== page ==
Transformers: Age of Extinction
source: Paramount

4. Transformers: Age of Extinction

In perhaps the funniest and most obvious example of how thoroughly drones have infiltrated popular culture, tiny little drones were amongst a group of villains featured in the latest Transformers movie. Like all Transformers movies, Age of Extinction did incredibly at the box office, terribly amongst critics, and tried to target as wide a demographic of people as possible from children to adults. There is little to no plot in this movie, it’s mostly just a series of explosions and robots with an occasional shot of an actor running or shouting, but this is what people want in a Michael Bay film. Even little kids who want to watch smart-talking robots blow things up are learning from Hollywood that drones are evil.

source: 20th Century Fox

5. X-Men: Days of Future Past

Shortly after Captain America: The Winter Soldier came out last year, another comic book superhero movie debuted that also got great reviews and also criticized the use of drones in warfare. In X-Men: Days of Future Past, the main plot sees the X-Men going back in time to stop a military program using artificially intelligent drone killers called Sentinels that were created to find and murder mutants in a dysoptic vision of 2023. Mutants are believed to be big enough threats to homeland security that the innocent people who are often taken down in these strikes are seen as a necessary loss to protect everyone else. Thus they must travel back in time to 1973, when the Sentinel program was created, to stop it before it ever gets started. The commentary on how we lose our humanity by using unmanned machines to do our killing and disregarding the innocent people that die in doing so is pertinent regarding drone strikes in the Middle East. Those parallels aren’t there on accident.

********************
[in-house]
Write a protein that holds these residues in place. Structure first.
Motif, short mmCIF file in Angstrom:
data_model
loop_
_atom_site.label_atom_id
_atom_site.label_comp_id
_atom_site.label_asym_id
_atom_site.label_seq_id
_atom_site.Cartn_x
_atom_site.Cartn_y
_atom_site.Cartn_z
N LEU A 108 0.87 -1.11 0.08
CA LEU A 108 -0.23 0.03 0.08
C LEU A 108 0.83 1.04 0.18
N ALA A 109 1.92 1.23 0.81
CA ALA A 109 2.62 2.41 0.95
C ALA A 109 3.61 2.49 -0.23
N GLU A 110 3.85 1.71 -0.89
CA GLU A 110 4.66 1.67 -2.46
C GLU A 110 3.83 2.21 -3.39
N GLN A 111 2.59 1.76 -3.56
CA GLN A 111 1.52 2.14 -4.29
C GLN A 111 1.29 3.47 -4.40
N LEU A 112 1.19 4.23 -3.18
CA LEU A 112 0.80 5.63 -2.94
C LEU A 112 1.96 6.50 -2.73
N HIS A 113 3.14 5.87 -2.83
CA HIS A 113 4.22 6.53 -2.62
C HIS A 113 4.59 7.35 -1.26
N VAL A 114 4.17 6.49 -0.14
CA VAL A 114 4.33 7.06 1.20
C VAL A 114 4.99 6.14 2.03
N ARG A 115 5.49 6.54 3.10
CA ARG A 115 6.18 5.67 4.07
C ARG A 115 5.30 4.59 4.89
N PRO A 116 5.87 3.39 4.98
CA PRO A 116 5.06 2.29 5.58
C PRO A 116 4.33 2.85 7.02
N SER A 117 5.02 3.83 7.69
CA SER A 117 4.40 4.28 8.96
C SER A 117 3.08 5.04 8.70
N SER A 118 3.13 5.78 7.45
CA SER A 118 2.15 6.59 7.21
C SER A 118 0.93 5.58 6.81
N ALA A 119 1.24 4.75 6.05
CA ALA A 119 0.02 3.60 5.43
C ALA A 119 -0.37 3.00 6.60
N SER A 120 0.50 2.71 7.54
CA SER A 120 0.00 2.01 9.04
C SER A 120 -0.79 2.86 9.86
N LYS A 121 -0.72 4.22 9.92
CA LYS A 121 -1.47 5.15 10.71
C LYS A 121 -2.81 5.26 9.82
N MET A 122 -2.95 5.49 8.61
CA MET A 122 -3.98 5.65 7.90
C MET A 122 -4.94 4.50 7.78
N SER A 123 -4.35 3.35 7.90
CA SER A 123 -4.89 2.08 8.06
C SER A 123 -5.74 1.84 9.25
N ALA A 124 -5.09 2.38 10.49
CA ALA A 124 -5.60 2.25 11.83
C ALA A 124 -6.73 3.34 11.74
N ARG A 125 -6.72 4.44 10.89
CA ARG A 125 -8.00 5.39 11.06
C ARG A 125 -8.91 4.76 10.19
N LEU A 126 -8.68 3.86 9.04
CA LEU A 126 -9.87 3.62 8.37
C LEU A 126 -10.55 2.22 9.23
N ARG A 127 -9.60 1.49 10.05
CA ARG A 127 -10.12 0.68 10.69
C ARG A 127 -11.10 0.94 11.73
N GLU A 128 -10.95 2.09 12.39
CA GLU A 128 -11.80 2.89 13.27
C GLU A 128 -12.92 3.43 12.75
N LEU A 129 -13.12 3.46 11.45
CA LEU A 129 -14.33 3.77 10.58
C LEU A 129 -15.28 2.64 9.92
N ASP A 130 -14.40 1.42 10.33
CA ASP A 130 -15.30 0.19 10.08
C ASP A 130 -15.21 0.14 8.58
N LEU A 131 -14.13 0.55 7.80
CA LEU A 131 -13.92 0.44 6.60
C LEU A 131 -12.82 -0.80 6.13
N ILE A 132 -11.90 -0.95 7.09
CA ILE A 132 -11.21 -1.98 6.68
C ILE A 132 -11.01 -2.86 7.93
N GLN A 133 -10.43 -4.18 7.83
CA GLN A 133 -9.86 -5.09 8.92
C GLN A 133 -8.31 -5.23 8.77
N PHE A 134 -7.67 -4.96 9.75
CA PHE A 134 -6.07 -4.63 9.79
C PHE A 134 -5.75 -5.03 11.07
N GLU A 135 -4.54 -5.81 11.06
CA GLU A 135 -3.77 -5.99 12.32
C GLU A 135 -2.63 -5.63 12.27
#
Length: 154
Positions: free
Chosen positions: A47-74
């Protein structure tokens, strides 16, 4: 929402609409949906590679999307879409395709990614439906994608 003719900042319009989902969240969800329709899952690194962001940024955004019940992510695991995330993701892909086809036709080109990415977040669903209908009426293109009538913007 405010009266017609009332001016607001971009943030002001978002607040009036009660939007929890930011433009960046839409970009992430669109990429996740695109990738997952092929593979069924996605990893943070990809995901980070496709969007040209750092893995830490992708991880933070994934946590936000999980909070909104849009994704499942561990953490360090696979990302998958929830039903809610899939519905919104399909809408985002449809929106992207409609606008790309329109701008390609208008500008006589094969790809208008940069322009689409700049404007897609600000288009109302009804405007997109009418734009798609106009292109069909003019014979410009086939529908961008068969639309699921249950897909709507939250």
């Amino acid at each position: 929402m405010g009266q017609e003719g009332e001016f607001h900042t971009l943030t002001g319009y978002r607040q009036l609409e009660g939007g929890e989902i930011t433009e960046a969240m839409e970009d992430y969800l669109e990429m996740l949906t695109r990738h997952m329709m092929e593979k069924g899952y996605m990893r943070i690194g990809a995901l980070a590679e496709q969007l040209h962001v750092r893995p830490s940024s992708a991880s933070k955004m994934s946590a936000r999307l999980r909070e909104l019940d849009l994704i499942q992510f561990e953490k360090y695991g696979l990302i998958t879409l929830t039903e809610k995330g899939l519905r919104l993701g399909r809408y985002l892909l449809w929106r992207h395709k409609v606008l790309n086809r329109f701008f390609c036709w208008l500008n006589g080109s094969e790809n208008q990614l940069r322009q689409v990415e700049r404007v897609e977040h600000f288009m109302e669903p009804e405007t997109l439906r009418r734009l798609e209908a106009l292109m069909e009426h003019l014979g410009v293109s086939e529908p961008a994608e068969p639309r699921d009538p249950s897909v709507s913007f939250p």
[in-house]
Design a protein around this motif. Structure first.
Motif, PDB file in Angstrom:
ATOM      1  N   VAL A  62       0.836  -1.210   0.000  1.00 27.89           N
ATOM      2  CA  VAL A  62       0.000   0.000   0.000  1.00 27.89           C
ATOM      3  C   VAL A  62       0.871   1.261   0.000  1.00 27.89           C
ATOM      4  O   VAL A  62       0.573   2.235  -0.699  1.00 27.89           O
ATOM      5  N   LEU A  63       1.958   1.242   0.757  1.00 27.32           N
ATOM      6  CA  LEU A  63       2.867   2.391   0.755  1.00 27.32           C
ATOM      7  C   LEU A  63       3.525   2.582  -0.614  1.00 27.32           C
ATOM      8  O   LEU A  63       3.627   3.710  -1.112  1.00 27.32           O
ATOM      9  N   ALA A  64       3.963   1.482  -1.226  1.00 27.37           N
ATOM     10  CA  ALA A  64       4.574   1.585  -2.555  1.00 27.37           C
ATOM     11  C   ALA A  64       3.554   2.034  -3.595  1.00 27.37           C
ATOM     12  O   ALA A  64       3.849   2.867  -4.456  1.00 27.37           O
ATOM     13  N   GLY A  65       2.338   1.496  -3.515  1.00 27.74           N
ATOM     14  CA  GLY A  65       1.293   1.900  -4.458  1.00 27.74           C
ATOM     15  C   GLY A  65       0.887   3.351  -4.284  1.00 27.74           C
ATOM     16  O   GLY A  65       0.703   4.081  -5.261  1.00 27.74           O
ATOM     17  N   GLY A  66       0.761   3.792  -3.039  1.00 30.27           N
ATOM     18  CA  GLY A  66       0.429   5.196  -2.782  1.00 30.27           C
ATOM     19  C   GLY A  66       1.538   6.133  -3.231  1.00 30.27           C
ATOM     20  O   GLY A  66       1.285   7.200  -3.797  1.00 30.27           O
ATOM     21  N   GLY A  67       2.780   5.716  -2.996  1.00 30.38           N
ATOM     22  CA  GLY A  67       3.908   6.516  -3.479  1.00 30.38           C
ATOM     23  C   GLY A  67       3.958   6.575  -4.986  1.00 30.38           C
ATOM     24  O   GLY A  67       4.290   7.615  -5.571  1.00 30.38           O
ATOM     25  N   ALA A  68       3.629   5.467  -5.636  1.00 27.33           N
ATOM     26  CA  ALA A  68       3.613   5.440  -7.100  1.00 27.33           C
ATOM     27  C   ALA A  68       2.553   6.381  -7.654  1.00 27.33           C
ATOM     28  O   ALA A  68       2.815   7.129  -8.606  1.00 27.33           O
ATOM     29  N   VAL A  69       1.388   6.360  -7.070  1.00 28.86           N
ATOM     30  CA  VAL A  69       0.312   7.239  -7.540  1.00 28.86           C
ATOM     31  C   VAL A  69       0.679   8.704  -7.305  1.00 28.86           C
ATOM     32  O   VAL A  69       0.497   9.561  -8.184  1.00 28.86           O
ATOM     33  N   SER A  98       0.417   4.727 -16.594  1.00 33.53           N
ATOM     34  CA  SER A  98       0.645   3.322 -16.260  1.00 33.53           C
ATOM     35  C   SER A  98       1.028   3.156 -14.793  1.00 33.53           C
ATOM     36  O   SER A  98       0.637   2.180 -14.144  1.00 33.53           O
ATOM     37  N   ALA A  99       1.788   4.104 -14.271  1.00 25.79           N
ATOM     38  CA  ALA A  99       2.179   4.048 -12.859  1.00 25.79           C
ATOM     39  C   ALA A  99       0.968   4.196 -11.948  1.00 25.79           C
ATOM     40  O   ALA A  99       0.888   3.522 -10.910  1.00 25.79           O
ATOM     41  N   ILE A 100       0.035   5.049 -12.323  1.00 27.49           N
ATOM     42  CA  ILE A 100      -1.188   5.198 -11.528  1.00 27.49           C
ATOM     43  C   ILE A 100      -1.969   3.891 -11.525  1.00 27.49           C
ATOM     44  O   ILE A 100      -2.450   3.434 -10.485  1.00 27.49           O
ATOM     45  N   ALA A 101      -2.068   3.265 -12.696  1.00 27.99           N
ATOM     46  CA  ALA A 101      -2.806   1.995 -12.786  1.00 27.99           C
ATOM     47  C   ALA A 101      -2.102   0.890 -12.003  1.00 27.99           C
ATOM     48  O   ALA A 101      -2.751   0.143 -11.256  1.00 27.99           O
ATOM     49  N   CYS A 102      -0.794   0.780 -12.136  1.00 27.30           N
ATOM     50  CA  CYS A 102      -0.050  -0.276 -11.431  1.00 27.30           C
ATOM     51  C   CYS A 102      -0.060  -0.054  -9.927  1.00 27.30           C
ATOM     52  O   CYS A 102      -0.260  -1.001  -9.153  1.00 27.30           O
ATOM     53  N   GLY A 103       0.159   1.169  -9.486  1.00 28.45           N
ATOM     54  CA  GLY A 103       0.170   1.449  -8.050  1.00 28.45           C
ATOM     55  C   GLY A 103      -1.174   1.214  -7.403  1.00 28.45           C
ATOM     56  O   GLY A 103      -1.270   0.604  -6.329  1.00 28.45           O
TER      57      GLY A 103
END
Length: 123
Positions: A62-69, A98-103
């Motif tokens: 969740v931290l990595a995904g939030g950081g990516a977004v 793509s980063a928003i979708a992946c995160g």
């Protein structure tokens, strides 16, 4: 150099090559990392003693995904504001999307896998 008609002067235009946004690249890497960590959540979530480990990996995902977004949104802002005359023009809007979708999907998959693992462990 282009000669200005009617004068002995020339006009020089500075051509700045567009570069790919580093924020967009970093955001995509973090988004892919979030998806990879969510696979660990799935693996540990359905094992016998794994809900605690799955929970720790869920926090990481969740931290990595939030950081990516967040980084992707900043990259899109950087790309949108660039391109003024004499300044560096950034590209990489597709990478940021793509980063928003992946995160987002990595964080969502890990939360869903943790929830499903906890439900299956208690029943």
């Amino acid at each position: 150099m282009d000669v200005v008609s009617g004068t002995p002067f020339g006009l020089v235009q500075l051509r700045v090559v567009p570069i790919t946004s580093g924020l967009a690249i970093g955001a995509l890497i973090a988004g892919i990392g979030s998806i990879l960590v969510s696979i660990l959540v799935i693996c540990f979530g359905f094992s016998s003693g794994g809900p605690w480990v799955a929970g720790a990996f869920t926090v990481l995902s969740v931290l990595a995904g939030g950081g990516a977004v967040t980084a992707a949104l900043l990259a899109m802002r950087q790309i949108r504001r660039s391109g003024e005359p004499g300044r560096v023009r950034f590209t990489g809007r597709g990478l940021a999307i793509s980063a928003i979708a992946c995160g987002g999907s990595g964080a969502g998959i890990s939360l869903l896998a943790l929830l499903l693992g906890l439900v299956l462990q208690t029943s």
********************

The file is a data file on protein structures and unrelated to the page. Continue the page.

[featured_image img_url=”” caption=”Source: MGM / Columbia Pictures”][/featured_image]

6. RoboCop

Last year’s RoboCop remake was completely about drones. The movie begins with a scene in which an American police robot and some unmanned drones kill an innocent child during a suicide bomb scare in the Middle East, and goes on to point out the irony of creating a machine that can kill us without conscience. You almost can’t make a futuristic political thriller, or almost any kind of movie with an uneasy view of the future, without throwing a few drones in the mix. This movie also points out through its fictional company OmniCorp that there are people making billions on the drone technology that’s killing for the military overseas. The company wants to bring that technology back to the States for further profit, and see the opportunity to do so in aiding an injured cop by turning him part man, part robot.

source: Paramount
source: Paramount

7. The Bourne Legacy

The fourth film in the Bourne franchise follows a different hero, played by Jeremy Renner, who is targeted by a drone strike at one point in the movie. At the beginning of the movie this new character, a super spy named Aaron Cross, is abandoned in the cold Alaskan tundra when a bunch of enemies a world away try and kill him with robots while sitting at their computers. Of course Cross’s skills — including super strength, speed, stamina, and smarts all derived from a cocktail of steroids cooked up by CIA-employed scientists — help him defeat those drones. But even a moment that brought up all the complicated questions related to drone warfare, including the possibility that someday they could be used on American citizens, wasn’t enough to grant the movie great reviews. “Or you could say Cross is a drone in human form, efficient but impersonal, like this redundant Legacy,” said Time.

Follow Jacqueline on Twitter @Jacqui_WSCS